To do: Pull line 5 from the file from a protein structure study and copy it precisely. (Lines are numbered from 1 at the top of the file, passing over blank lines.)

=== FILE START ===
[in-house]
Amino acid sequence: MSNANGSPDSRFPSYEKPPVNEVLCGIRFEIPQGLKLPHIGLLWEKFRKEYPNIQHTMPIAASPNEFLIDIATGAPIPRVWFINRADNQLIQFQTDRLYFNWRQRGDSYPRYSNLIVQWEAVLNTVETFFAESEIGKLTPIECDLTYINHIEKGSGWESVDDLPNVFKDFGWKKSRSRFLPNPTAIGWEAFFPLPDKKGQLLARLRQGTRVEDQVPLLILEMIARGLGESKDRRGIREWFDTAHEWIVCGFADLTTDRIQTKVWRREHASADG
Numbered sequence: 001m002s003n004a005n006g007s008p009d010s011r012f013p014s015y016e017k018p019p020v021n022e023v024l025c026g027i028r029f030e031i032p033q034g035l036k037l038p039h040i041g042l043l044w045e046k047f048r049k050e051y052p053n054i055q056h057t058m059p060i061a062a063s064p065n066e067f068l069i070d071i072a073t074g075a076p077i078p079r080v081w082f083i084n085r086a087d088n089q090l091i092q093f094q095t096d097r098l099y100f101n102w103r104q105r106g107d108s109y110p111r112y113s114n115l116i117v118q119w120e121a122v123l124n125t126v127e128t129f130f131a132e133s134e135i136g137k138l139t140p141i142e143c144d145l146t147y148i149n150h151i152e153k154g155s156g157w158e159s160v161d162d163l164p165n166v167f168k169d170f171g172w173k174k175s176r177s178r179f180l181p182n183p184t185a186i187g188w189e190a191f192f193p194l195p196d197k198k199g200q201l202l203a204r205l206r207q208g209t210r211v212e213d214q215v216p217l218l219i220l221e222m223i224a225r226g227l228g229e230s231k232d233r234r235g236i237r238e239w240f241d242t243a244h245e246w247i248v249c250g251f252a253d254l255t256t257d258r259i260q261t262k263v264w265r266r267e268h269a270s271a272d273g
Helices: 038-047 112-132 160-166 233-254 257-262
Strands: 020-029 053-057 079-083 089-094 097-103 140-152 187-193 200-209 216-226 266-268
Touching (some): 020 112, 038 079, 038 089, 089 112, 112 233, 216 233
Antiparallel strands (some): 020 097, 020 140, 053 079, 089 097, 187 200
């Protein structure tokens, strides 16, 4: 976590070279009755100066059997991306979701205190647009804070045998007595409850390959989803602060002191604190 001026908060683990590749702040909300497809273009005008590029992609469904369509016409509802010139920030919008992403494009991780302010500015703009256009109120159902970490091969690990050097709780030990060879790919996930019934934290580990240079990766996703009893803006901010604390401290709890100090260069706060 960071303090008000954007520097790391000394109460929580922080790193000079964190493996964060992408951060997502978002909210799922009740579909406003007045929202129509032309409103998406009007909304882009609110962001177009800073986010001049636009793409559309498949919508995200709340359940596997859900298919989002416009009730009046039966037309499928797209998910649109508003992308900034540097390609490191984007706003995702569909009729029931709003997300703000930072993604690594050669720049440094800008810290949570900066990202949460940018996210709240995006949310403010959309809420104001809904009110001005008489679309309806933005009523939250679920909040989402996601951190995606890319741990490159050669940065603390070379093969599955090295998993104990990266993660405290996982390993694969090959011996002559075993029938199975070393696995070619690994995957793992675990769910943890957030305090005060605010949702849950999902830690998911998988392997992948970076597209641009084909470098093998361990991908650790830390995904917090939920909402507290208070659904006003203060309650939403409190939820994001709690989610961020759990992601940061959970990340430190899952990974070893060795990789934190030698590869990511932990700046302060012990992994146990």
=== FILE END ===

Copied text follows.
Strands: 020-029 053-057 079-083 089-094 097-103 140-152 187-193 200-209 216-226 266-268